On the topic of Maxwell’s Light Infantry, Lt. Col. William Heth’s views were crystal clear. “Maxwells Corps ’Twas expected would do great things,” he complained in a letter, “we had opportunities—and any body but an old-woman, would have availd themselves of them—He is to be sure—a Damnd bitch of a General.”
The subject of his ire was New Jersey Brig. Gen. William Maxwell, who led the temporary light infantry unit for one critical month in the fall of 1777. Maxwell’s Light Infantry is mentioned in most histories of the Philadelphia Campaign, but deserves a closer look. It played a key role in two significant engagements and performed quite well. Maxwell himself deserved criticism, though exactly how much is hard to determine now. His second in command, Indian fighter Col. William Crawford, likely deserves more recognition than he has received.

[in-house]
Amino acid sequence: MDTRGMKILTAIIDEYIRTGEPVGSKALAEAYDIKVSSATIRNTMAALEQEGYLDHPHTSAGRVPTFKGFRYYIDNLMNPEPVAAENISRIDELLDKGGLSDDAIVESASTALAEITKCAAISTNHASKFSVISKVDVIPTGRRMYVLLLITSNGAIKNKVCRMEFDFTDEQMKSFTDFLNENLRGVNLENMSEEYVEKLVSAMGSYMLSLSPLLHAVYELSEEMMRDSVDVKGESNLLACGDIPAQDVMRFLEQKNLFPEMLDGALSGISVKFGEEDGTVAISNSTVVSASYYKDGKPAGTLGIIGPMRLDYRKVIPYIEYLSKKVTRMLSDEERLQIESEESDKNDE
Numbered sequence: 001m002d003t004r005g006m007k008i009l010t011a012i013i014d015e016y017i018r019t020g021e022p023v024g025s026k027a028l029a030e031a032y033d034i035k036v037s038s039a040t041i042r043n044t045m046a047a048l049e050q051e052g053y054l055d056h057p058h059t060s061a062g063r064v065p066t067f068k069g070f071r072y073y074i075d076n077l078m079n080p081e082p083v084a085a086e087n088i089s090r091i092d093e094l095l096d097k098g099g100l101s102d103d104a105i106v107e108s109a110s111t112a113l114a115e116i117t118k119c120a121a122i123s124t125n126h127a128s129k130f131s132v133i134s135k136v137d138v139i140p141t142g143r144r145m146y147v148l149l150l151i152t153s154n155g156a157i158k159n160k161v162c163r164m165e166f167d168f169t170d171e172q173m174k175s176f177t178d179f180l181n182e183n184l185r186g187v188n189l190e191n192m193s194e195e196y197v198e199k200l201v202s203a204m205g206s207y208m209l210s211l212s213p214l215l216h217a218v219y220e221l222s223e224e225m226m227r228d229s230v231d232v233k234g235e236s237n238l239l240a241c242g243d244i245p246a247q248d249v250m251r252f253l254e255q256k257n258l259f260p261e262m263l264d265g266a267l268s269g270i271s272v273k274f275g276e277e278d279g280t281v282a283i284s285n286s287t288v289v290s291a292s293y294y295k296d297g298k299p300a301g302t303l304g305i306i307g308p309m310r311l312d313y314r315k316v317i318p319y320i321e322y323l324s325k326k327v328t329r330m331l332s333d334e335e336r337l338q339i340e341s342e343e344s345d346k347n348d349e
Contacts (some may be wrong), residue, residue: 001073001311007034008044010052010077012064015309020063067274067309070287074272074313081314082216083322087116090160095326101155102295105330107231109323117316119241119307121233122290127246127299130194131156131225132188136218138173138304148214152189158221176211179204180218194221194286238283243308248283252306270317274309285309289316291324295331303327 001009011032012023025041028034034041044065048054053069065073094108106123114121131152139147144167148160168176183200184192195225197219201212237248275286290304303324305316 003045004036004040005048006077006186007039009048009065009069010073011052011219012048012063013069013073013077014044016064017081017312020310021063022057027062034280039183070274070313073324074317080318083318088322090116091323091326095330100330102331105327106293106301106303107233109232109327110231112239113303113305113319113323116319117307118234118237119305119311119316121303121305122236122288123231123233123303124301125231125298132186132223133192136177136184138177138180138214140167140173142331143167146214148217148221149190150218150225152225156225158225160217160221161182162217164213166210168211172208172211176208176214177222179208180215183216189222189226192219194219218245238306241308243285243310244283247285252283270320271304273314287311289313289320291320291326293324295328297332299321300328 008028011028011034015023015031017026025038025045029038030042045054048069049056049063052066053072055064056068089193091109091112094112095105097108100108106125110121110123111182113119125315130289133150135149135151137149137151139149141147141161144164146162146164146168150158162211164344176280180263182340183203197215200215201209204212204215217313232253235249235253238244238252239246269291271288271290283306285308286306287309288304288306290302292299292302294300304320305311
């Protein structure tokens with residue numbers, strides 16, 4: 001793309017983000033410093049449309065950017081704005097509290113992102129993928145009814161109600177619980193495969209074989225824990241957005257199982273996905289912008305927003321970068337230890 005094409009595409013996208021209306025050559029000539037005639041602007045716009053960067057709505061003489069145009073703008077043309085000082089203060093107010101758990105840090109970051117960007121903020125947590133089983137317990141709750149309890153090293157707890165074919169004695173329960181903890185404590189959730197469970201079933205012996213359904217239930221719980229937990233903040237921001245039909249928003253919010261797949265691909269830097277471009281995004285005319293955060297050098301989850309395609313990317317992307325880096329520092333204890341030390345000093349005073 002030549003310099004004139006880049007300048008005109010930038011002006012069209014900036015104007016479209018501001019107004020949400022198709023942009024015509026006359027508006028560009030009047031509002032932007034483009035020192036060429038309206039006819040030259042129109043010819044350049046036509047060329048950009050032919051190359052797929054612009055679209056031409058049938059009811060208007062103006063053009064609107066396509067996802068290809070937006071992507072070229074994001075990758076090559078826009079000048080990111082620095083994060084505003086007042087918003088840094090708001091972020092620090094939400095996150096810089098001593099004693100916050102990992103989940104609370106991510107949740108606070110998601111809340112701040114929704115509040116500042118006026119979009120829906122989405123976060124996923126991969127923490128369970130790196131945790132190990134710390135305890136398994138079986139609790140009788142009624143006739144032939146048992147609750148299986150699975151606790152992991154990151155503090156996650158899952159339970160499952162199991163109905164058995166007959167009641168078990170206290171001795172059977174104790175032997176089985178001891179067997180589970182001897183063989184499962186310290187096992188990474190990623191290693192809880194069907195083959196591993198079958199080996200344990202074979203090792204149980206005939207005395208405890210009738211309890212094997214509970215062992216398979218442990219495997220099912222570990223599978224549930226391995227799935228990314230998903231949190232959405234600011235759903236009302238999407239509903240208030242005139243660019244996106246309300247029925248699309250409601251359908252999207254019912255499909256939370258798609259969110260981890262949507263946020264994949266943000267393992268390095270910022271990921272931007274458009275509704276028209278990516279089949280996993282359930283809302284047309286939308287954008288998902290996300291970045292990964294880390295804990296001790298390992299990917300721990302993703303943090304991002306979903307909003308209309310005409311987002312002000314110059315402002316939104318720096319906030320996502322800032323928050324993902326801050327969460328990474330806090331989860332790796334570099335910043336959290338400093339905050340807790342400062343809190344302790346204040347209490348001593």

For the American army early in the war, “light infantry” usually meant “riflemen.” Though accurate at long range, rifles took longer than muskets to reload and could not carry bayonets. They were good for sniping at, harassing and delaying the enemy. However, in a traditional line of battle they were inferior weapons. In close combat, they were almost useless. Riflemen were sometimes issued spears to defend themselves from bayonet charges. They had other problems, too. Col. Peter Muhlenberg of the originally all-rifle 8th Virginia Regiment told Washington in February, “The Campaign we made to the Southward last Summer fully convinces me, that on a march where Soldiers are without Tents, & their Arms continually exposd to the Weather; Rifles are of little use.”
...continue to the The Journal of the American Revolution.
is researching the history of the Revolutionary War's 8th Virginia Regiment. Its ten companies formed near the frontier, from the Cumberland Gap to Pittsburgh.
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